The Buttery Secret Ingredient That Can Elevate The Blandest Instant Oatmeal

creamy oatmeal in white bowl
creamy oatmeal in white bowl - Vladislav Noseek/Shutterstock

Oatmeal makes for a healthy, hearty, pretty darn delicious breakfast. It's versatile and full of fiber and healthy whole grains to help keep us full in between meals. Oats have a neutral taste, so it's easy for even skilled chefs to end up with a bland pot of oatmeal without proper seasoning. Fortunately, one common kitchen ingredient can liven up your oatmeal -- and you don't need to put in extra elbow grease. We're talking about butter.

Adding butter to oatmeal lends a rich flavor profile that can bind to additional seasonings -- sweet or savory -- to enhance their flavor. Since oats are naturally dry and granular, even when cooked down, they might not boast the soft, tender texture you want for a high-quality batch. However, including some butter in your oatmeal recipe is one surefire way to achieve a noticeably smooth, thick, and creamy texture.

You don't have to stick with plain butter, either. For example, if you're making savory oatmeal, consider using garlic or herb-infused butter to liven up the dish with aromatics. If you're making sweet oats, combine butter and cinnamon or use toasty brown butter to bring a nutty, caramelized essence to your bowl.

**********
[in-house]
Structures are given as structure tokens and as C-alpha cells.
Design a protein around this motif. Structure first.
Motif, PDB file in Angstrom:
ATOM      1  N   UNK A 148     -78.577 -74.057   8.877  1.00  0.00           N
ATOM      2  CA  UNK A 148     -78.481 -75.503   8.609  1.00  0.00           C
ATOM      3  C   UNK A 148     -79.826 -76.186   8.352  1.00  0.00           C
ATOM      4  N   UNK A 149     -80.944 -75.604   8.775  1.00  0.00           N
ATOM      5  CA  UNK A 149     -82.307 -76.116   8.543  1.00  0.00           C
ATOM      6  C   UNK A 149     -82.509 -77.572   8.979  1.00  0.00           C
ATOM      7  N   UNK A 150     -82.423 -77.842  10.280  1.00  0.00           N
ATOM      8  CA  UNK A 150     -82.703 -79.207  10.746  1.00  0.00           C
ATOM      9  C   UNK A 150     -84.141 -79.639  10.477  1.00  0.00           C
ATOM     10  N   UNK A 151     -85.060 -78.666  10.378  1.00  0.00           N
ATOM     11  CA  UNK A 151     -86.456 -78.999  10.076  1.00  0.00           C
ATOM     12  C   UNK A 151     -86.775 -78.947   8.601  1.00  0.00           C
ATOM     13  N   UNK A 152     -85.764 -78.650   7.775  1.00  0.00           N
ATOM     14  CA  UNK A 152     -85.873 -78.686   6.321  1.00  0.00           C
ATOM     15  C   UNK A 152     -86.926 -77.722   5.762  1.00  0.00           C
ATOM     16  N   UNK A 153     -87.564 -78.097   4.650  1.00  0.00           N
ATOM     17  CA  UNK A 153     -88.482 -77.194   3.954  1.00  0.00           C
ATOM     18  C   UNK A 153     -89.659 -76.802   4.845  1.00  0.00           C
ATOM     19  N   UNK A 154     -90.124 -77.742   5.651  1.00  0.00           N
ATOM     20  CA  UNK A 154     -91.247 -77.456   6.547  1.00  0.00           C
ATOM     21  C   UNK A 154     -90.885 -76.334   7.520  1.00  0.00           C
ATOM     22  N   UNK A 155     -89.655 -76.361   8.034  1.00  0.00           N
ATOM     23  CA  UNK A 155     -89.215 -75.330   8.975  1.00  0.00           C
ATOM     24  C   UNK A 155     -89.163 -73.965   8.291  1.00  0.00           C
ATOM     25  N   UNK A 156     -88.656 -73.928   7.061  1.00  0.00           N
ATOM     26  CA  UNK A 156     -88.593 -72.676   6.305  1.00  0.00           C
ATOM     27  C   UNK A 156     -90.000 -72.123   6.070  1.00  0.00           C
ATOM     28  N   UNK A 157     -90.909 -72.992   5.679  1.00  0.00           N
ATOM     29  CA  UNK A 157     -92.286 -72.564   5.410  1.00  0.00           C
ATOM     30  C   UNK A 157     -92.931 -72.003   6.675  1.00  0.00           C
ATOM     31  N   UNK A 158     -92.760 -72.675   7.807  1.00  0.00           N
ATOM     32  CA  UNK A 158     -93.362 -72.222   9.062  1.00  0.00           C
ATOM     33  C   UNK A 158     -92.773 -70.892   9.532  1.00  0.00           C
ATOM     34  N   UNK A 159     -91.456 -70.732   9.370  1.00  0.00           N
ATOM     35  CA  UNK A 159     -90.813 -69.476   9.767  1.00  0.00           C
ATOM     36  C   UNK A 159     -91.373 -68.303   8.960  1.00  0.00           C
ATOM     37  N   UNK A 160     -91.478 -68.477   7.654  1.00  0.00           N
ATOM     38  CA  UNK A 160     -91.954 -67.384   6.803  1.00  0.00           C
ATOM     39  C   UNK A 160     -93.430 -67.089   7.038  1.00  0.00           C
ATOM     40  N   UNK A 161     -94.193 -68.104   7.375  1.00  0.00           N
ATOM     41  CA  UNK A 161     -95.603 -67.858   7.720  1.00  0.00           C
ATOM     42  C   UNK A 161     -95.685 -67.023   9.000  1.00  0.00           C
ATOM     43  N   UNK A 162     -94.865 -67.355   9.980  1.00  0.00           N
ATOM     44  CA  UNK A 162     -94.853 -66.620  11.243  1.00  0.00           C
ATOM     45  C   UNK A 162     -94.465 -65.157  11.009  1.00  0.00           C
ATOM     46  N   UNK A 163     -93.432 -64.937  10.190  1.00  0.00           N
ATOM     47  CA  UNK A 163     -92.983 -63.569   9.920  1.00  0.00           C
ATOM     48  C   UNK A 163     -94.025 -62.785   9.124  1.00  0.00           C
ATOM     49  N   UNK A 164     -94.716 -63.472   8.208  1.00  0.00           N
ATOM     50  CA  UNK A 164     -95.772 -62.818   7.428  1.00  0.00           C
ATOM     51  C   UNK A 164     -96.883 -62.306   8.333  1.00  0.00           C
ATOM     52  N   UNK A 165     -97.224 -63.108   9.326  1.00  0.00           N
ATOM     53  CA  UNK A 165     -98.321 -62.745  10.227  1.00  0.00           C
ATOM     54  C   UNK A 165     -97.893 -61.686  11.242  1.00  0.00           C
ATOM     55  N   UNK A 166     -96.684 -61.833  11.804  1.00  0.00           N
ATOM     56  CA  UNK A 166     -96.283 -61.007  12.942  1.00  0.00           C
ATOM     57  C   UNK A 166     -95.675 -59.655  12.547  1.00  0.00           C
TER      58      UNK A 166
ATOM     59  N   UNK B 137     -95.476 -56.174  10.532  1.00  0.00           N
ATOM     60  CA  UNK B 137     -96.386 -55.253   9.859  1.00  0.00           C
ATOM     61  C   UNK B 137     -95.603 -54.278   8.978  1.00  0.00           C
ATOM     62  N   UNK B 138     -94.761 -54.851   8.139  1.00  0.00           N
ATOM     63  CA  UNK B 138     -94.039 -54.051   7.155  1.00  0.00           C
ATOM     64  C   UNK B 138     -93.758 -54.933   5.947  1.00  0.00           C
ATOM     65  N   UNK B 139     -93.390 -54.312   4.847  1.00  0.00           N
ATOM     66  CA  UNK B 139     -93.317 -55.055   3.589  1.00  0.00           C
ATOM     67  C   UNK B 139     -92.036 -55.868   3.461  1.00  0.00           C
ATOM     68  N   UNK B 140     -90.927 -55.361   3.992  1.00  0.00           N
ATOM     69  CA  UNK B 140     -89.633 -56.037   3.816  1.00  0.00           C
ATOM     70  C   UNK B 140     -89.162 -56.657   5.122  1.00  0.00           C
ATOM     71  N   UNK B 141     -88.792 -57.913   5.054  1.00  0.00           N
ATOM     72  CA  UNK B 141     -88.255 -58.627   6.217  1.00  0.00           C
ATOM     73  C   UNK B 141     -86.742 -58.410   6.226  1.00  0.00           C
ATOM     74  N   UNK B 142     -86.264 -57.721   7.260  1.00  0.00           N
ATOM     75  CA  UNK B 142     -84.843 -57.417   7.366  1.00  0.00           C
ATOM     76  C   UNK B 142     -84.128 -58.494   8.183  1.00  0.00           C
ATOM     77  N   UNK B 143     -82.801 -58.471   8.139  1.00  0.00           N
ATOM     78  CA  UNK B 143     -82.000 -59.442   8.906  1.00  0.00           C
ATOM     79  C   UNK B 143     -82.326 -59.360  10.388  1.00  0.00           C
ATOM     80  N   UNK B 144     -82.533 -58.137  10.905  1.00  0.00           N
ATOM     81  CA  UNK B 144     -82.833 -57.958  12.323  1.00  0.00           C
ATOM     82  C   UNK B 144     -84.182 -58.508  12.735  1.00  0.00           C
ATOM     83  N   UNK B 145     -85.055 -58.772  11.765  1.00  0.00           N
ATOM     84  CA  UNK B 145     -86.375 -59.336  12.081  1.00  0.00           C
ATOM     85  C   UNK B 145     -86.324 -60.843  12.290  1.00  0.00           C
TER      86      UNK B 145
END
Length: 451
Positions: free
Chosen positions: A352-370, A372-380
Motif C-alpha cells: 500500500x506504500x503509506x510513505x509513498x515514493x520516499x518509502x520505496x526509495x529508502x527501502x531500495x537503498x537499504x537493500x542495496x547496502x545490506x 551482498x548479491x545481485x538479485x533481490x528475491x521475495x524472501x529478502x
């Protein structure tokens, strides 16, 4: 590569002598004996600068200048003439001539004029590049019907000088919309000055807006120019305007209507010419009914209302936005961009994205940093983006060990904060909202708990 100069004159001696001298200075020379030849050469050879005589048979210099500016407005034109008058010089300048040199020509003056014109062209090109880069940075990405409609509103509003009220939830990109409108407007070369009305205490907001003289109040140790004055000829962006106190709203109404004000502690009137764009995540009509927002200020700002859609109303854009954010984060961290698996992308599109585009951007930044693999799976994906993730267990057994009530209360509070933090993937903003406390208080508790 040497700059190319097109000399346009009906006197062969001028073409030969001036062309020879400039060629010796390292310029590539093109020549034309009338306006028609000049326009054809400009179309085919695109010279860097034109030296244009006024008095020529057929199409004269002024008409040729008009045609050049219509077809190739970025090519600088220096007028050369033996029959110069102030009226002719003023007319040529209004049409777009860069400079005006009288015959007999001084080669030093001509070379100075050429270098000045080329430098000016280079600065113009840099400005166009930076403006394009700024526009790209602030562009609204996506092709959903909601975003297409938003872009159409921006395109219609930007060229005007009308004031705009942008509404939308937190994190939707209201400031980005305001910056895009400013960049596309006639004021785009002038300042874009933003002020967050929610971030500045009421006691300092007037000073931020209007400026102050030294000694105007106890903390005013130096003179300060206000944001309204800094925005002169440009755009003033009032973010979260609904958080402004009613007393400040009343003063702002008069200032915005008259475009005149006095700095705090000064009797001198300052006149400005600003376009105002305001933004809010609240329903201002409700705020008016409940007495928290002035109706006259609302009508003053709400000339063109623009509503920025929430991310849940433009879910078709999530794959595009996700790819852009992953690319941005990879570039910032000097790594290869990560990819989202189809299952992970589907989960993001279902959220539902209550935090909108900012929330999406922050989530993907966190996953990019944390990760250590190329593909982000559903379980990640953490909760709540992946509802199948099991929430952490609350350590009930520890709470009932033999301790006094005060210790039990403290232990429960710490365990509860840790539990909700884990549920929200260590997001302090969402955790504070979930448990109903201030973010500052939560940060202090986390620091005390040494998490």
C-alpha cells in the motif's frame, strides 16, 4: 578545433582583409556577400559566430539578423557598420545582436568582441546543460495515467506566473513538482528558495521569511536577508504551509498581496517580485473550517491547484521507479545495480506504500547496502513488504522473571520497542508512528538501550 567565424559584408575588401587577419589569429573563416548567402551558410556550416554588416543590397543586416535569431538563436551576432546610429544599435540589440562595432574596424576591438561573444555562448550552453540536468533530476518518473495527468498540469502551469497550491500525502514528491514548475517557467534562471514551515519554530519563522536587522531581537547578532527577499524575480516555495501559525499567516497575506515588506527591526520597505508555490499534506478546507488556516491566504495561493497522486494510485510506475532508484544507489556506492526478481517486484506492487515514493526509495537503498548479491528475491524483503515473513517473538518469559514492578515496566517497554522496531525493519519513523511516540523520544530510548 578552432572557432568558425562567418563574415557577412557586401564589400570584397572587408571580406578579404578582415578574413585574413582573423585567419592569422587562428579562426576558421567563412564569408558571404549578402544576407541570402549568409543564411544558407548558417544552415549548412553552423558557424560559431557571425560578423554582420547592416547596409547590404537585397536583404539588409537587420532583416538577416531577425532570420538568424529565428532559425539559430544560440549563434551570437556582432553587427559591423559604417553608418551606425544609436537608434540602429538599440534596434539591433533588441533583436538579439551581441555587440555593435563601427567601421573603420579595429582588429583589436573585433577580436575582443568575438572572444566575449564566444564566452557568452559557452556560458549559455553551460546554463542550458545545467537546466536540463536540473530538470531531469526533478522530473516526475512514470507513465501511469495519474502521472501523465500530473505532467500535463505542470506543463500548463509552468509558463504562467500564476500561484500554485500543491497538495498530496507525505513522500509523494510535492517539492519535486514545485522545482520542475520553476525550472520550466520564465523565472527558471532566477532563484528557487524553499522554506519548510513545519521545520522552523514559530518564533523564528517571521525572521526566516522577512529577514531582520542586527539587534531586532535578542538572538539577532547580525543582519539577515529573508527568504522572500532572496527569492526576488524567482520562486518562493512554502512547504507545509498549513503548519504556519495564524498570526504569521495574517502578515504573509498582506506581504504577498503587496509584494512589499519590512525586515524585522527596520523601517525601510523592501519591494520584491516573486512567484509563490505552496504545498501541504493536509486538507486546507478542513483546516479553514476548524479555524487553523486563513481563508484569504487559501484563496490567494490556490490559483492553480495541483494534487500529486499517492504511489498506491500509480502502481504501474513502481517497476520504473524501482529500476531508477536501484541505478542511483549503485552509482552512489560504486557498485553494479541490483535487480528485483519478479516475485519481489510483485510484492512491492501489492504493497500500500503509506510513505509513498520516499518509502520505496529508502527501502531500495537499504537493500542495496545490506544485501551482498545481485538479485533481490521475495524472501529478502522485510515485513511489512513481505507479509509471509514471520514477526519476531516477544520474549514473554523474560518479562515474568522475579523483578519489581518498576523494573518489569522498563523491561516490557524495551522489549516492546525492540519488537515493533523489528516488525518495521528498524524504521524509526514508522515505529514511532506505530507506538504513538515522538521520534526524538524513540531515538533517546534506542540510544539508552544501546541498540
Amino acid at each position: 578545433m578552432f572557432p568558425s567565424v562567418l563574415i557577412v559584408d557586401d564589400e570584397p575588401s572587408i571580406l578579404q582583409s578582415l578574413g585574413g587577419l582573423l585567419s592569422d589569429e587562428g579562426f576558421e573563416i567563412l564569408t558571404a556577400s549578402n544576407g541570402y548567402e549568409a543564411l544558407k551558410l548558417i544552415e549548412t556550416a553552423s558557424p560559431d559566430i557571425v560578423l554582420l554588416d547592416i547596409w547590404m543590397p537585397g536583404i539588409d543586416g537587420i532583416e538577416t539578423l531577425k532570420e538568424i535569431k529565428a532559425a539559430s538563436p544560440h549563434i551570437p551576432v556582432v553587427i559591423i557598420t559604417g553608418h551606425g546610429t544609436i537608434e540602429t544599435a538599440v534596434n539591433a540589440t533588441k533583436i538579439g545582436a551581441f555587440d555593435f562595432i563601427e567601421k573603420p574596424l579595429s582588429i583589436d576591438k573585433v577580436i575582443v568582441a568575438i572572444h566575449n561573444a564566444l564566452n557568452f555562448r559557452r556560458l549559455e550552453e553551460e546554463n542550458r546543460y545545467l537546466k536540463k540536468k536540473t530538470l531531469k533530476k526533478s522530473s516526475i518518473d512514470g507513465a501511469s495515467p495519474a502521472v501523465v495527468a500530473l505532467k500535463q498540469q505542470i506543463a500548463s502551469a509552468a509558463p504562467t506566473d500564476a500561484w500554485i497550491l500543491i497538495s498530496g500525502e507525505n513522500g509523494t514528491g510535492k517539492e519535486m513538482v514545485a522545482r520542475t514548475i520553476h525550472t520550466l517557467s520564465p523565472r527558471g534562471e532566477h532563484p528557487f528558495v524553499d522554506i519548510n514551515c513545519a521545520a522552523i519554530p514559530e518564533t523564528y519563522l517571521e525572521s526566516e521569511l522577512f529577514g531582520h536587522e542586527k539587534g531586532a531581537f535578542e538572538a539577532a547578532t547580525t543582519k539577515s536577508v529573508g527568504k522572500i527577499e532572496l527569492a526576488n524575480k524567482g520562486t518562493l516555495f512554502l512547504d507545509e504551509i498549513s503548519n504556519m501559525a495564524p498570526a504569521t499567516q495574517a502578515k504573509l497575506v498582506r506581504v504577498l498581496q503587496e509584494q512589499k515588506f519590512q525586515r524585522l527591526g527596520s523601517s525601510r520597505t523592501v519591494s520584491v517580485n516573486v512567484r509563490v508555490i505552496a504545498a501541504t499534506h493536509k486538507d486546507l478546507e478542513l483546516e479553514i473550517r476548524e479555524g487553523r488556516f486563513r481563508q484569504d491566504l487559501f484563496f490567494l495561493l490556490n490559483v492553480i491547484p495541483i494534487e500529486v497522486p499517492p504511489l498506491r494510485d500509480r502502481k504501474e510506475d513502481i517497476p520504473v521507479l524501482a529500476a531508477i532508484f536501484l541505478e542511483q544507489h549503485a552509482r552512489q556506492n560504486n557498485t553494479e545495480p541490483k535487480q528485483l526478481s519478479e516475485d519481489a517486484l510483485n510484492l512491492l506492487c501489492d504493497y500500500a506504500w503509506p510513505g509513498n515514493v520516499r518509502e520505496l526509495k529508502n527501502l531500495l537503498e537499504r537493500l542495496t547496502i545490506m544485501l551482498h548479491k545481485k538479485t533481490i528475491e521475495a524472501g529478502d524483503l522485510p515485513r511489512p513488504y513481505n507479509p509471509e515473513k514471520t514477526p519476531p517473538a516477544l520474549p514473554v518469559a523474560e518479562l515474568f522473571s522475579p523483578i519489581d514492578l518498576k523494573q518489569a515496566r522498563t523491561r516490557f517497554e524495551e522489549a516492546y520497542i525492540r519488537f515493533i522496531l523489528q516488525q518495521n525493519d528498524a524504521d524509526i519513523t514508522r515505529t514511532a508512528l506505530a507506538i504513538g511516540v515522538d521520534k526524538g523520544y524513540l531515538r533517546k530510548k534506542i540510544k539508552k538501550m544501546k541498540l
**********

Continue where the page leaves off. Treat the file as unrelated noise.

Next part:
Read more: 18 Types Of Butter And The Best Ways To Use Them

The Best Ways To Use Butter In Oatmeal

butter melting in a bowl of oatmeal
butter melting in a bowl of oatmeal - Mizina/Getty Images

Whether you prefer cooking old-fashioned, steel-cut, or instant oats, using butter in your favorite oatmeal recipe requires no culinary expertise. It's as simple as melting butter and pouring it atop your oats! Using pre-melted butter promotes even distribution for a more uniform flavor and texture. However, melting room temperature or refrigerated butter directly into the oatmeal is fine. Before going this route, be aware that this method takes extra time and could leave clumps of butter due to uneven melting.

As you're cooking your oats, heat a bit of butter on the stove over medium heat until it's melted -- a tablespoon of butter should be enough, but feel free to add more if you prefer an ultra-buttery flair. After assembling your oats with spices and seasonings, add the melted butter and stir to combine. If you want to use brown butter, an ideal choice for sweet oatmeal, melt butter over medium heat, swirling the pan occasionally until the butter shines with a light, golden-brown hue. Exercise caution with this method, as butter can go from brown to burnt quickly. Once it has achieved the ideal color, remove the pan from the heat and mix the brown butter into your oats. Gone are the days of bland pots of oatmeal -- as long as you have butter, you'll never make a boring batch again.

Read the original article on Mashed.